Lives of the Saints
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Lives of the Saints: Theater review by David Cote
Just as the short-story collection is an endangered species in the publishing world, a night of one-act plays can be a tough sell. There’s a whiff of shallowness or gimmickry that dogs a program of short dramatic (or, more likely, comic) works. Luckily we have an expert practitioner in David Ives, who follows up All in the Timing (1993) and Mere Mortals (1997) with this new sampler of the whimsical, the outlandish and, above all, the brief. If you find yourself losing interest in the fellow having an affair with his washing machine, just wait a short while for the talking corpse.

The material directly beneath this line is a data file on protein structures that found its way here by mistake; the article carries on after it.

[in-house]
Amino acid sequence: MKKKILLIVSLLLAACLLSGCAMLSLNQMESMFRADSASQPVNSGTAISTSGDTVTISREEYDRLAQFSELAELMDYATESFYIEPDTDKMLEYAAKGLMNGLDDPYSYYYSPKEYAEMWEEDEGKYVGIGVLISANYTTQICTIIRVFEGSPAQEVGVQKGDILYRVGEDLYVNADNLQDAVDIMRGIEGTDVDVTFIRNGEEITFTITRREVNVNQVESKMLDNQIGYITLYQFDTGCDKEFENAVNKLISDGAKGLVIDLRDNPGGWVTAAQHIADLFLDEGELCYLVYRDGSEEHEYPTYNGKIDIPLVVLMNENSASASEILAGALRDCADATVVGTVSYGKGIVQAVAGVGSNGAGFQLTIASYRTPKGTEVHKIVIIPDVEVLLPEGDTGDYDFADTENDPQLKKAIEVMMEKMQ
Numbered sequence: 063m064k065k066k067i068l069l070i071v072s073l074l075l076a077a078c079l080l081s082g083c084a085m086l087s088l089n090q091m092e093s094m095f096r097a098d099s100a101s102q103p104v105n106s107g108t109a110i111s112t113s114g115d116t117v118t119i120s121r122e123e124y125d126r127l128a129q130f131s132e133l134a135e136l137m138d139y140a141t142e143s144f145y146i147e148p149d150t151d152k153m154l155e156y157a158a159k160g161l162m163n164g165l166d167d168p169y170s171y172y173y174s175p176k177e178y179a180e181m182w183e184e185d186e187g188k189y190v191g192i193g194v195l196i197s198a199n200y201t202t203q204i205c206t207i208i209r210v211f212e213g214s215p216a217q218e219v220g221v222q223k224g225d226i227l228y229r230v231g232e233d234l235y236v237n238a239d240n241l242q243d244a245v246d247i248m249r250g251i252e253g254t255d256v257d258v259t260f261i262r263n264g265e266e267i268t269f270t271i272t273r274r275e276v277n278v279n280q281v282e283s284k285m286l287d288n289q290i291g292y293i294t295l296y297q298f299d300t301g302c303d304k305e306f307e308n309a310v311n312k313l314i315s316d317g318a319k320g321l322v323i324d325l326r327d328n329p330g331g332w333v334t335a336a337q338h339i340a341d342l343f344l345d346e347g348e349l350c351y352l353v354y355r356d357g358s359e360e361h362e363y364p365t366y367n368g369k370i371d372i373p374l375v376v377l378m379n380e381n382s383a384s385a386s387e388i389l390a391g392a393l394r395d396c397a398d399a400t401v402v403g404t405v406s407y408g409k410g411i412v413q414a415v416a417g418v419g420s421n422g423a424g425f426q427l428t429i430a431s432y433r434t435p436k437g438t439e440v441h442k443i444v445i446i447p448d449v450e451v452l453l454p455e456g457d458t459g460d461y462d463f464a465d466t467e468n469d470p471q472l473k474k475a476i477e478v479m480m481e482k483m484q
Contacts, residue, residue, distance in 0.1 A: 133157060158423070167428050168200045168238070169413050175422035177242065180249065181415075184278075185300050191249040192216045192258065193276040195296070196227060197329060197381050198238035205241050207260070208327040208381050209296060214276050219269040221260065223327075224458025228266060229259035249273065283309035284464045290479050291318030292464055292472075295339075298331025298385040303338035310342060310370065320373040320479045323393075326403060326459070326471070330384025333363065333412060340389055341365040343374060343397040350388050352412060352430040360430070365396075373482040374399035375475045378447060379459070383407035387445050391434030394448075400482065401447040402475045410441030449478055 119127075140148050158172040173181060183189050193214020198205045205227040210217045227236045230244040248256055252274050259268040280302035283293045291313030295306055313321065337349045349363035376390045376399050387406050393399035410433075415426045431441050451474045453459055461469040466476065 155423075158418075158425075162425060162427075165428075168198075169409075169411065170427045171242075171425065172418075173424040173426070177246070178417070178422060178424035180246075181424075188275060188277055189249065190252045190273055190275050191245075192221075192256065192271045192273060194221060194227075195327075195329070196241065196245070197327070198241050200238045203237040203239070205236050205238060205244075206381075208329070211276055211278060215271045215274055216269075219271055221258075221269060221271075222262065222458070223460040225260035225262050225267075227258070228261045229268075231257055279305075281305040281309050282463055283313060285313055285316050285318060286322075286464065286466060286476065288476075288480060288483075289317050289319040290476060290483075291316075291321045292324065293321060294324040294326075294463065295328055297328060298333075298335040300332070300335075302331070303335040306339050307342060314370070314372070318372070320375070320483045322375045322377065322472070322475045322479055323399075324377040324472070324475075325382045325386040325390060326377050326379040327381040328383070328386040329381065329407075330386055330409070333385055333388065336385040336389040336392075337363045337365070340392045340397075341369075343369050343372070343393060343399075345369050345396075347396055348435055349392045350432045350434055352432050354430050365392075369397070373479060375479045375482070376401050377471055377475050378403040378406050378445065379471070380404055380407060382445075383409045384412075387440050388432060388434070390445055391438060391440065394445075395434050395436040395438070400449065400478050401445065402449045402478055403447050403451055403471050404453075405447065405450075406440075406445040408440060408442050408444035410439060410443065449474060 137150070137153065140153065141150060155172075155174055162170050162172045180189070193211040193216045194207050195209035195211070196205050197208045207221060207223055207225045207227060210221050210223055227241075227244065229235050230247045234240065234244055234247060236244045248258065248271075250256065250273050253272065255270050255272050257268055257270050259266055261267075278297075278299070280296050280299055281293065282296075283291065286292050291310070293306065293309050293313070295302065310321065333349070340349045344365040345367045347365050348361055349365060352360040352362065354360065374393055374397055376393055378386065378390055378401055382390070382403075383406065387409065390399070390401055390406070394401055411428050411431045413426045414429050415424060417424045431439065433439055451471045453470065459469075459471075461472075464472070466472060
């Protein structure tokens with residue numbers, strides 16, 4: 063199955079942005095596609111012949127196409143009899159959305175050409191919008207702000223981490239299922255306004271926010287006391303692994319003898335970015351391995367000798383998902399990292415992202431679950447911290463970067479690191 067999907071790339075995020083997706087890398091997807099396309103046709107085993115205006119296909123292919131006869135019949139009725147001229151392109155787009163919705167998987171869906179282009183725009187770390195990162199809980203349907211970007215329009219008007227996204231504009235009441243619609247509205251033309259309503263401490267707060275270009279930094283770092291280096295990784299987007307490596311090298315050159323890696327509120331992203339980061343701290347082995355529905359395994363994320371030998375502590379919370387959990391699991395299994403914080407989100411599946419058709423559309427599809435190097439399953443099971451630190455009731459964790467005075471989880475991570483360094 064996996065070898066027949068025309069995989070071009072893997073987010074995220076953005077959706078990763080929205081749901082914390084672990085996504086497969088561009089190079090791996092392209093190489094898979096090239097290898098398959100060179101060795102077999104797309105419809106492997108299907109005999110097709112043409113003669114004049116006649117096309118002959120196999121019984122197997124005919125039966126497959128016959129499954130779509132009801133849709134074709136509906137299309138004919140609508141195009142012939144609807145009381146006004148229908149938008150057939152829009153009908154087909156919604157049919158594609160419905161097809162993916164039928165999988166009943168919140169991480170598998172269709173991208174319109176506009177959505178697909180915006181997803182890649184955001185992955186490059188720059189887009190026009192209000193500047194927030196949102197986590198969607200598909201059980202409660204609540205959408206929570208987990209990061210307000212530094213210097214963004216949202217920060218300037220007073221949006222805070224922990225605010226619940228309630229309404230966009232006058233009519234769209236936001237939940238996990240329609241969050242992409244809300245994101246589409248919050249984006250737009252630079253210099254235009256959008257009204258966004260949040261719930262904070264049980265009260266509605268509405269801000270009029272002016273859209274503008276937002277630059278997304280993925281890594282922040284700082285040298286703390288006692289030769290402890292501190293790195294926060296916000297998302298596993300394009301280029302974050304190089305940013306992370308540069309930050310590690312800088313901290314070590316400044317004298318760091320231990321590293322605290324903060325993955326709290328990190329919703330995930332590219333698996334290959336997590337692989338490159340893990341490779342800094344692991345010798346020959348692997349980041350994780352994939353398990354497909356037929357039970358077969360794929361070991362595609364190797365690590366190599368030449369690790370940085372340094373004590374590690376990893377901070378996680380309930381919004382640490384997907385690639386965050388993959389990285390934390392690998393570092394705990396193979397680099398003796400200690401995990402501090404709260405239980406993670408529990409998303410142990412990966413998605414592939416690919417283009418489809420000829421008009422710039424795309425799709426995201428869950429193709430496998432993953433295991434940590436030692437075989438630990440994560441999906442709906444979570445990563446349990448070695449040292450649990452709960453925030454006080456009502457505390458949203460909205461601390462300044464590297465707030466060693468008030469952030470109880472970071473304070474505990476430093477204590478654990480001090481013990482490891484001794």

The six playlets that make up Lives of the Saints are neatly divided: three light sketches about ethics in friendship, obsessive love and déjà vu; and then three about regret, the road not taken and, well, death. Though the postintermission vibe shifts into a grimmer key, it’s never at the expense of laughs, which are plentifully supplied throughout. Ives puns shamelessly, keeps the Surrealist torch burning and pulls off the hat trick of combining broad comedy, linguistic deftness and philosophical depth.
The team behind this brisk and shiny production couldn’t be finer: director John Rando corrals Carson Elrod, Liv Rooth, Arnie Burton, Rick Holmes, and Kelly Hutchinson through dozens of characters with precision comic timing and irresistible verve and appeal. With them, zaniness is next to godliness.—David Cote
Primary Stages (at the Duke on 42nd Street) (see Off Broadway). By David Ives. Directed by John Rando. With ensemble cast. Running time: 2hrs. One intermission.